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Yates's help, to ascertain what scenery would be necessary--while Maria and Henry Crawford conversed together in an under-voice, and the declaration with which she began of, "I am sure I would give up the part to Julia most willingly, but that though I shall probably do it very ill, I feel persuaded she would do it worse," was doubtless receiving all the compliments it called for.
In her last scene, at Maryland and Virginia, many pleasant things happened, which makes that part of her life very agreeable, but they are not told with the same elegancy as those accounted for by herself; so it is still to the more advantage that we break off here.
I have conceived the part of Lucy," she observed, with the demurest gravity.
Indirectly, as already remarked, they seem to play an important part in affecting the reproductive system, and in thus inducing variability; and natural selection will then accumulate all profitable variations, however slight, until they become plainly developed and appreciable by us.
On the whole, I think we may conclude that habit, use, and disuse, have, in some cases, played a considerable part in the modification of the constitution, and of the structure of various organs; but that the effects of use and disuse have often been largely combined with, and sometimes overmastered by, the natural selection of innate differences.
I think this holds true to a certain extent with our domestic productions: if nourishment flows to one part or organ in excess, it rarely flows, at least in excess, to another part; thus it is difficult to get a cow to give much milk and to fatten readily.
At first it appears rather surprising, that the trade-wind along the northern parts of Chile and on the coast of Peru, should blow in so very southerly a direction as it does; but when we reflect that the Cordillera, running in a north and south line, intercepts, like a great wall, the entire depth of the lower atmospheric current, we can easily see that the trade-wind must be drawn northward, following the line of mountains, towards the equatorial regions, and thus lose part of that easterly movement which it otherwise would have gained from the earth's rotation.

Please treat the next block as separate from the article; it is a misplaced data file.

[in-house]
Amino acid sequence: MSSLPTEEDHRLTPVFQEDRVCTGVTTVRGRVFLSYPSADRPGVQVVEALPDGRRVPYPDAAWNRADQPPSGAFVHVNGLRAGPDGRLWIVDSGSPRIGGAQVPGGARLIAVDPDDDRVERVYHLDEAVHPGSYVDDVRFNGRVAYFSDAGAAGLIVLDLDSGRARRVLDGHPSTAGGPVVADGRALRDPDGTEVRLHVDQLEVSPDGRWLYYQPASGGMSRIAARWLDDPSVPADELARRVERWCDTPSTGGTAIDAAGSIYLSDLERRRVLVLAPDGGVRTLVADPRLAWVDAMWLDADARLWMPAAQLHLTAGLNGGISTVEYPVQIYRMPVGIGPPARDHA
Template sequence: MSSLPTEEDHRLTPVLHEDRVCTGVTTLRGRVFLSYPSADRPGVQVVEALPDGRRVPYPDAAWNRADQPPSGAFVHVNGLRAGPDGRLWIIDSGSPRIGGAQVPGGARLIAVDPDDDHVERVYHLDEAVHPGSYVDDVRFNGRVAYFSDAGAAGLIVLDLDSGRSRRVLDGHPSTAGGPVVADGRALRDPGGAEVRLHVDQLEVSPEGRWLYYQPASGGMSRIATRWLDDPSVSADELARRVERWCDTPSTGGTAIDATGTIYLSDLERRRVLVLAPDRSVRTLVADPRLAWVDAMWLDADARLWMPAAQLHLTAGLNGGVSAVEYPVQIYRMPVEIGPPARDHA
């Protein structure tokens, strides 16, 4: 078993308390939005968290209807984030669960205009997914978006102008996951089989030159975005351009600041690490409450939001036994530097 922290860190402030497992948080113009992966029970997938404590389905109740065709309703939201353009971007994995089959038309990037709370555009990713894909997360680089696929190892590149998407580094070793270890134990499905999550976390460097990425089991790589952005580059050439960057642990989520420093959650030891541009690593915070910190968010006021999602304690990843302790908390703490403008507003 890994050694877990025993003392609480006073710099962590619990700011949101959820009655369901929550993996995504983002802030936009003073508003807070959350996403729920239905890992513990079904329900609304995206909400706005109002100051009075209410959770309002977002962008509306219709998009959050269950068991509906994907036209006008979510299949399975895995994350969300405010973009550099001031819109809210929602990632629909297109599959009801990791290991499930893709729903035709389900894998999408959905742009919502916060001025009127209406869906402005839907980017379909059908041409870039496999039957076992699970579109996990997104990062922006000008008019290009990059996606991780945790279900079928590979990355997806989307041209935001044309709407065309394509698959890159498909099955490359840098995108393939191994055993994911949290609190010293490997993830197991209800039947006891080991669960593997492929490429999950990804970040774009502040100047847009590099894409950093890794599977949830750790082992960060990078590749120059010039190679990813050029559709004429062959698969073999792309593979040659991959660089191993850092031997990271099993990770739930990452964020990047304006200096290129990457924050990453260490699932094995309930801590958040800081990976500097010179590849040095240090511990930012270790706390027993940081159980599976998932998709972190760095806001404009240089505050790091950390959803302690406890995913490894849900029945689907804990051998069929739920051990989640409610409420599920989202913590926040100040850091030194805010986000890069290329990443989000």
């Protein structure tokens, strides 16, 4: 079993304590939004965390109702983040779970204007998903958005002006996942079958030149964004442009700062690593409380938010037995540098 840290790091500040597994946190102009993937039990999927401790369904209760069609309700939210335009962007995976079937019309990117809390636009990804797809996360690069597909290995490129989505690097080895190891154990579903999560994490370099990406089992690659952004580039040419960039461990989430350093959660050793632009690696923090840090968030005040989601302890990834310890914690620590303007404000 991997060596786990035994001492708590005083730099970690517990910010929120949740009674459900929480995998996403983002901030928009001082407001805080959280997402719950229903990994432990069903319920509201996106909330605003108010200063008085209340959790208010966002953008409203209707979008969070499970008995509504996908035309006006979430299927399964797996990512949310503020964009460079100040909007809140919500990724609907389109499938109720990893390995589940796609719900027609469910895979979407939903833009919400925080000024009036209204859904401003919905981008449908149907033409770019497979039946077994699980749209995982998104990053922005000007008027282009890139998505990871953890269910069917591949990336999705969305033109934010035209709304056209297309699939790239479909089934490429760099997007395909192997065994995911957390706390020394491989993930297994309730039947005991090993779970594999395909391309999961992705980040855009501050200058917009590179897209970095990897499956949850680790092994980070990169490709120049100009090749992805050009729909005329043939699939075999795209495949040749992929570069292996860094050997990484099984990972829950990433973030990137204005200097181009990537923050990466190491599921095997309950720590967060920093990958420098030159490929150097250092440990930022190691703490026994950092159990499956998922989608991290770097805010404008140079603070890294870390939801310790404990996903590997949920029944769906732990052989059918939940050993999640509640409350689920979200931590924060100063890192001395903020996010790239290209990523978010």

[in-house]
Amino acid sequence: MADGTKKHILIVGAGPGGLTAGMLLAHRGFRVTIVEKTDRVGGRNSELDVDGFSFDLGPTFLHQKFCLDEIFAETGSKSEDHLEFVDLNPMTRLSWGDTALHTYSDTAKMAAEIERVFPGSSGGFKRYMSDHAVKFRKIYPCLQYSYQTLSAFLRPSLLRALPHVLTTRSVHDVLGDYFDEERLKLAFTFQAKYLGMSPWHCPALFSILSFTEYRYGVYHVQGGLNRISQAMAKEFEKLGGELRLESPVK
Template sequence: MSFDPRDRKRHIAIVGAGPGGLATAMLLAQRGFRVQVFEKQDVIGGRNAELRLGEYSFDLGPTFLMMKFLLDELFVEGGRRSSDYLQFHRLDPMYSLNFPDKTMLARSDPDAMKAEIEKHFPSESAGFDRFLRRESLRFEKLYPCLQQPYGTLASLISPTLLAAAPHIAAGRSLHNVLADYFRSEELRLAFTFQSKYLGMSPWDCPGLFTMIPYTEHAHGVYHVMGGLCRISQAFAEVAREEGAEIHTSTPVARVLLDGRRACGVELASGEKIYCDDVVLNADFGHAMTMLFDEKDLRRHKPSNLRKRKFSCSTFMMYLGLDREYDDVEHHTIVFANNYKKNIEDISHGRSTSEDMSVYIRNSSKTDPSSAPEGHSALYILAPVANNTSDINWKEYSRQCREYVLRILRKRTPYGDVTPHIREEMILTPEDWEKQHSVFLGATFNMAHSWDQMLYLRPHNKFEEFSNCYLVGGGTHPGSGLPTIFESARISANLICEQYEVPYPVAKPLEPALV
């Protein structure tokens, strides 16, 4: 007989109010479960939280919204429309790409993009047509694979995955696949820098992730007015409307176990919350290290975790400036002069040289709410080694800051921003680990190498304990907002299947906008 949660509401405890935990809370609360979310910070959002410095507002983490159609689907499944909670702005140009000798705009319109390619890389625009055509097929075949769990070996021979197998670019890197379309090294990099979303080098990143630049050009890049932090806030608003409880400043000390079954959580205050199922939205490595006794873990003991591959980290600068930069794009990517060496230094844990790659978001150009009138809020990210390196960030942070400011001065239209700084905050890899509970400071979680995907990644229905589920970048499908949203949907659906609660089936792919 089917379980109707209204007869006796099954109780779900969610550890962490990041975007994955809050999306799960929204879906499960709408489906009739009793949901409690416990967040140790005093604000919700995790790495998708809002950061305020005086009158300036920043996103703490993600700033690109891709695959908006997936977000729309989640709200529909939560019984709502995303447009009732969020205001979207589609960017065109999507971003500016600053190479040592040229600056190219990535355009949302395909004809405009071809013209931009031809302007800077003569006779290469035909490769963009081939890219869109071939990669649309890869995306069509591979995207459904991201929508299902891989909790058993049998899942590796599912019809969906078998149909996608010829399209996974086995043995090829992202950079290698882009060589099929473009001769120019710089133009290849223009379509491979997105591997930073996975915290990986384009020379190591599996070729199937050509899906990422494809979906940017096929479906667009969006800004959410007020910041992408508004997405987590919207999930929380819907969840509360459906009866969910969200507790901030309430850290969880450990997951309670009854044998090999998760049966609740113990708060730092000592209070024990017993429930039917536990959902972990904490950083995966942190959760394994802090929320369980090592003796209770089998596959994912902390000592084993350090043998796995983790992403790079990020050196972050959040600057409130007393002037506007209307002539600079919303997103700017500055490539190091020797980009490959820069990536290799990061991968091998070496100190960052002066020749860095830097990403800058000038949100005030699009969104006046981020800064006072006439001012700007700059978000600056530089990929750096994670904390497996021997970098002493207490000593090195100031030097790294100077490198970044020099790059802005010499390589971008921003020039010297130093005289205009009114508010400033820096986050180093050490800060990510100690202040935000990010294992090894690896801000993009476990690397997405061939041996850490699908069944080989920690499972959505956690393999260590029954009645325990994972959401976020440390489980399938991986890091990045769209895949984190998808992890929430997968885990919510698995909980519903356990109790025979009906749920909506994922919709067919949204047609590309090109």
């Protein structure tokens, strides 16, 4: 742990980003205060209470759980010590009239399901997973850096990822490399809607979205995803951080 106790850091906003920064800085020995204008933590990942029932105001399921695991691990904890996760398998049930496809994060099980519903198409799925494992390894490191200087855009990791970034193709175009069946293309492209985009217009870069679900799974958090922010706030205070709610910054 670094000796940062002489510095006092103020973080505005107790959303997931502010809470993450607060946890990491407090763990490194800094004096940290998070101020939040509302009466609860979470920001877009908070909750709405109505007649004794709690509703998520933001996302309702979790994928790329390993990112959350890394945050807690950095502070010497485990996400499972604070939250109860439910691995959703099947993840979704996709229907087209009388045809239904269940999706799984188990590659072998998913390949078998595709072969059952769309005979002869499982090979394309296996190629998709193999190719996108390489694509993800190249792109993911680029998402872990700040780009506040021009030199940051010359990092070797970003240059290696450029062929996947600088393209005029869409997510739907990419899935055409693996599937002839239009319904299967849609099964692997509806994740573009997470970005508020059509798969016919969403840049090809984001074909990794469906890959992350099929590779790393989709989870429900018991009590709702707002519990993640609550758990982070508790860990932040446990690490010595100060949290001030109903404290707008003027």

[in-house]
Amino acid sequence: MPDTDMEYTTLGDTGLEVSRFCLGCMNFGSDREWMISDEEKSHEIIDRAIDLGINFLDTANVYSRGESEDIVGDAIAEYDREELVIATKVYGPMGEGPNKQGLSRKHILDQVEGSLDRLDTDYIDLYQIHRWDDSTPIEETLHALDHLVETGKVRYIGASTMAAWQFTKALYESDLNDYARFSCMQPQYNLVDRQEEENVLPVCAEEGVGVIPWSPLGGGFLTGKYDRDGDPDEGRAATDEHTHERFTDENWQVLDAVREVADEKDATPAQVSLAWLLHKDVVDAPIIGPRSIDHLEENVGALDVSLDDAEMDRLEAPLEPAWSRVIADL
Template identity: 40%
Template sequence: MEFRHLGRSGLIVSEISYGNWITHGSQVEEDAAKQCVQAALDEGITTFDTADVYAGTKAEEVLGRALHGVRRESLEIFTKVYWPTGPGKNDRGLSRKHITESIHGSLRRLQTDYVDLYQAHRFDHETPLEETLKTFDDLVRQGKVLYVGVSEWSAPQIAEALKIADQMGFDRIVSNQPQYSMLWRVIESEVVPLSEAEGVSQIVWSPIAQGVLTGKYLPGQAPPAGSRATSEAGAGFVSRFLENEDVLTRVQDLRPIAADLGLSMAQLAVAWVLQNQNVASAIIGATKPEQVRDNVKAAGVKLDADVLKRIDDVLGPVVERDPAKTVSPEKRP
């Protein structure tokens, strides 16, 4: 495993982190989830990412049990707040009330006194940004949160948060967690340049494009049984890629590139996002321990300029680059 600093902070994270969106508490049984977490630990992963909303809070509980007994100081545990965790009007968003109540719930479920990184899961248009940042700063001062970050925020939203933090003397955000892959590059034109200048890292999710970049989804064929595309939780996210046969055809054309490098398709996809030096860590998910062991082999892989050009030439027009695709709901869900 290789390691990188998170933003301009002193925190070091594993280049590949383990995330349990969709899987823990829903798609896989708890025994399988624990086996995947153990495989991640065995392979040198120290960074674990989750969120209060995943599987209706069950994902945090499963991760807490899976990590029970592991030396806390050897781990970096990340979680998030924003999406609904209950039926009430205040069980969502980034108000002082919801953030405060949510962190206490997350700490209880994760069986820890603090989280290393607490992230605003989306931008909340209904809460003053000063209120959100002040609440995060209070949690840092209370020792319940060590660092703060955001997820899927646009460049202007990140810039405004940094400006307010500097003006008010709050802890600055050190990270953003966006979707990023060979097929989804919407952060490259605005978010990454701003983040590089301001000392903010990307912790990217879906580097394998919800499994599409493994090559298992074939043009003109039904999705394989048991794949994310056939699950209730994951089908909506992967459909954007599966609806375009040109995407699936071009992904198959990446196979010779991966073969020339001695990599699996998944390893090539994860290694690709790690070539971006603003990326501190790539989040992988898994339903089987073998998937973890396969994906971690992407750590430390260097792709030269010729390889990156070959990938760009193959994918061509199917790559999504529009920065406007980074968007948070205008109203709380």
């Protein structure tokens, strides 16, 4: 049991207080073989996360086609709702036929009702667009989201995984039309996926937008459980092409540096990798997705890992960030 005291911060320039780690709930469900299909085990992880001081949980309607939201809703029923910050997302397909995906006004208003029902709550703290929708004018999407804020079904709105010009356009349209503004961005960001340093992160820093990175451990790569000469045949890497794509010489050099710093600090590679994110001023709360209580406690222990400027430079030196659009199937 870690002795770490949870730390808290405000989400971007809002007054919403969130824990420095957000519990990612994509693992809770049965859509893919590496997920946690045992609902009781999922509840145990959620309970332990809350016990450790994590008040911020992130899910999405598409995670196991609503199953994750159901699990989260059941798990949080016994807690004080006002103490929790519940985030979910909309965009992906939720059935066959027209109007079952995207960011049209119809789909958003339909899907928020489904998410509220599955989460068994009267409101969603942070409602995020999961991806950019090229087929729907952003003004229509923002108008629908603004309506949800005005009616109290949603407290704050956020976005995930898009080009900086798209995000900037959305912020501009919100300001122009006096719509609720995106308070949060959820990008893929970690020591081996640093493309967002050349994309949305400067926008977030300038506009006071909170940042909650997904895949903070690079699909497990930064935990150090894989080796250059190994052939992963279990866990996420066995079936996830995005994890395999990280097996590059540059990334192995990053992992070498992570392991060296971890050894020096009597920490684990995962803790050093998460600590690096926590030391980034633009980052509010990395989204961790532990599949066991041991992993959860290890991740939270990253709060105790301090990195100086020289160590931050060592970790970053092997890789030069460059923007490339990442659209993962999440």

These frozen masses, during the process of thawing, had in some parts been converted into pinnacles or columns, [4] which, as they were high and close together, made it difficult for the cargo mules to pass.
This dryness was shown by the manner in which woodwork shrank (as I soon found by the trouble my geological hammer gave me); by articles of food, such as bread and sugar, becoming extremely hard; and by the preservation of the skin and parts of the flesh of the beasts, which had perished on the road.
Little by little, probably, as time passed, this Easter scene was further enlarged, in part by additions from the closing incidents of the Savior's life.
In England by the end of the fifteenth century they had been for the most part replaced by a kindred species which had long been growing up beside them, namely the Morality Plays.
The Morality Play probably arose in part from the desire of religious writers to teach the principles of Christian living in a more direct and compact fashion than was possible through the Bible stories of the Mysteries.